Mutual Consent Divorce
In Maryland couples may obtain an expeditious, final divorce by jointly filing a comprehensive agreement resolving all issues regarding the disposition of marital property and alimony, if any. Parents of minor children must also file a parenting plan addressing legal decision-making, residential custody and parenting time, as well as child support. In Montgomery County the Court may schedule a divorce hearing within 60 days of filing, and only one spouse is required to appear in court at the hearing. (By comparison, the District of Columbia requires a six-month separation period for an uncontested divorce.) Courts will generally incorporate such agreements in the Judgment of Absolute Divorce, making them enforceable by contempt. This is the least costly and most amicable means to address the many issues that may arise following the divorce.
Under Maryland law either spouse may immediately sue for Limited Divorce on the grounds of voluntary separation, desertion, or excessive cruelty or abuse. Although Maryland courts cannot dispose of the parties’ real property in Limited Divorce, parties frequently file to obtain interim support orders providing for legal and physical custody of children, payment of child support and/or alimony, continuing access to a spouse’s health insurance benefits, and continuing use and possession of the family home and automobiles pending the final divorce decree. (In the District of Columbia parties may file for Legal Separation to obtain similar judicial relief even if not living in separate households, and then convert their case to an Absolute Divorce once the parties have been separated for 12 months.)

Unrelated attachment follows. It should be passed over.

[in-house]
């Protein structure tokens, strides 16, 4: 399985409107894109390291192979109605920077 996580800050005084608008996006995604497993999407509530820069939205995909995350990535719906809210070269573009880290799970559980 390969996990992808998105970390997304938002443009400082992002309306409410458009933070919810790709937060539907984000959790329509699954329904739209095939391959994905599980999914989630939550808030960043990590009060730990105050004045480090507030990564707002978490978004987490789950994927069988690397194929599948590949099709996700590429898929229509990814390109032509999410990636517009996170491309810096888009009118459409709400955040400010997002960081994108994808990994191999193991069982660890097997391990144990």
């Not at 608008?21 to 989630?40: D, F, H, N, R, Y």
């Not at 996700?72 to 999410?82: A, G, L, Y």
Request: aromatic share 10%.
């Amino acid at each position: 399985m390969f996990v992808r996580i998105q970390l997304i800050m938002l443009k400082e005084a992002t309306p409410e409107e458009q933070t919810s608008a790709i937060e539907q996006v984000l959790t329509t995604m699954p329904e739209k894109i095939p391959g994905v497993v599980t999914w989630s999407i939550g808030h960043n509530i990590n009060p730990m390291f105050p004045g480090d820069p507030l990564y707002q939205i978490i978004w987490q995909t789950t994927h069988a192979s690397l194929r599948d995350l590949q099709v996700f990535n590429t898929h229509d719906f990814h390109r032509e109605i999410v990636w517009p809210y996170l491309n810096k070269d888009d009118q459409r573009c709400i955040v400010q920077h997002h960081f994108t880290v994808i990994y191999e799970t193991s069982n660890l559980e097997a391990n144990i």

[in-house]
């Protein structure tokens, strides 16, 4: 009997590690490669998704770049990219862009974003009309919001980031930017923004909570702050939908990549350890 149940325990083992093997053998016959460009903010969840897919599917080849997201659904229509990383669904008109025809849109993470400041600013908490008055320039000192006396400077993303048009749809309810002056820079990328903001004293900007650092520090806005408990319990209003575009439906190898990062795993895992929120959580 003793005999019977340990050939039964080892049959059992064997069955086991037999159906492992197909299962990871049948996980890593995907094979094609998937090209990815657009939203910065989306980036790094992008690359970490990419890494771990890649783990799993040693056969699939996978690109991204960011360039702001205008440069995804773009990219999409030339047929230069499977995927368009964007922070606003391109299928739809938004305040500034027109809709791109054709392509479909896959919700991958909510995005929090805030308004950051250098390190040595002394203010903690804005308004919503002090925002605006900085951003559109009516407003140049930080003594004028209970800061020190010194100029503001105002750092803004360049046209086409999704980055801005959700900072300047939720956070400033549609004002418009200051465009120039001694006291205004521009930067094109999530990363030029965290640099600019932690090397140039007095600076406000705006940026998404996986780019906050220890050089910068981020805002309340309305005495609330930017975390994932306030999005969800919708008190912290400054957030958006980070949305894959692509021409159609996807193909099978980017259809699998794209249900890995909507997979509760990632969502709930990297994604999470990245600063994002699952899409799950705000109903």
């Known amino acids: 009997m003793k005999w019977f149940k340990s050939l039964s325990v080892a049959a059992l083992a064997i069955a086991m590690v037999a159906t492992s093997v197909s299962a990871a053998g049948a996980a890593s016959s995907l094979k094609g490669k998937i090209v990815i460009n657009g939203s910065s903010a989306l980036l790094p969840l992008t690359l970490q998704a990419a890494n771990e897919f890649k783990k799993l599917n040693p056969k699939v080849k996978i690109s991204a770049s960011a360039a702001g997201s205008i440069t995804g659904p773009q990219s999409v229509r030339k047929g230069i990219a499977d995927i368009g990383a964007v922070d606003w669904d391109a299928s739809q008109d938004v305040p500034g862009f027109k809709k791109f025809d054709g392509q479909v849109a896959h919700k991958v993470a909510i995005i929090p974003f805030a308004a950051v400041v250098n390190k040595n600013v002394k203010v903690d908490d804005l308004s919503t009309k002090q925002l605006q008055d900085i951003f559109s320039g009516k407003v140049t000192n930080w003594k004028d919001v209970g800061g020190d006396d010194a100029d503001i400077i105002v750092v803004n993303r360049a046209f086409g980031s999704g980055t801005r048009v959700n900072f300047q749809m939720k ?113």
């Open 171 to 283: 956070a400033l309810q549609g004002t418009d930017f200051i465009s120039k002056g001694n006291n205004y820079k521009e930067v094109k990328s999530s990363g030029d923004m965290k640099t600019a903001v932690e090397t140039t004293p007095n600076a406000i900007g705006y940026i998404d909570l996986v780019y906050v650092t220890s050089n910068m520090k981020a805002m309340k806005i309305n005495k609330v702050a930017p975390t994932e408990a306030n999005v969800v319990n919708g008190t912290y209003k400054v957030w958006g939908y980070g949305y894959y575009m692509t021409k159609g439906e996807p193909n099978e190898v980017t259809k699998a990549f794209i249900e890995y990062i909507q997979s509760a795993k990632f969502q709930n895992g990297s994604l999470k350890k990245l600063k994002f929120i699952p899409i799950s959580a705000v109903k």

In Maryland, either party may file immediately for an Absolute Divorce on the basis of ‘fault grounds’ including adultery, desertion, excessively cruel or vicious treatment of the spouse or a minor child, insanity, or incarceration; otherwise not until after a 12-month separation. Only a Judgment of Absolute Divorce will render a final judgment allocating the parties’ real property, in addition to child custody, child support, alimony, and personal property including cash, investments and retirement accounts. (By comparison, the District of Columbia does not recognize these ‘fault grounds’; the only recognized grounds for divorce are uncontested.)
Interim Separation Agreements
Cooperative divorcing couples may seek to formalize their respective financial responsibilities or co-parenting schedule during the separation and divorce planning period by a written Separation Agreement or a Consent Interim Order. Such agreements can be particularly useful in defining the parties’ rights and obligations where there is a disparity in income between the party with higher earnings and a stay-at-home parent, or where the dependent spouse or minor children have special needs. The parties may agree that the partner with significantly higher earnings will provide financial support and perhaps use and possession of the family home and automobiles to the parent with whom children primarily reside and/or financially dependent spouse. Such an agreement may be informal, and need not be entered as a court order, but it is prudent for the parties to enter into a comprehensive, enforceable written agreement drafted by a family attorney to ensure financial stability and to restrict dissipation of marital property.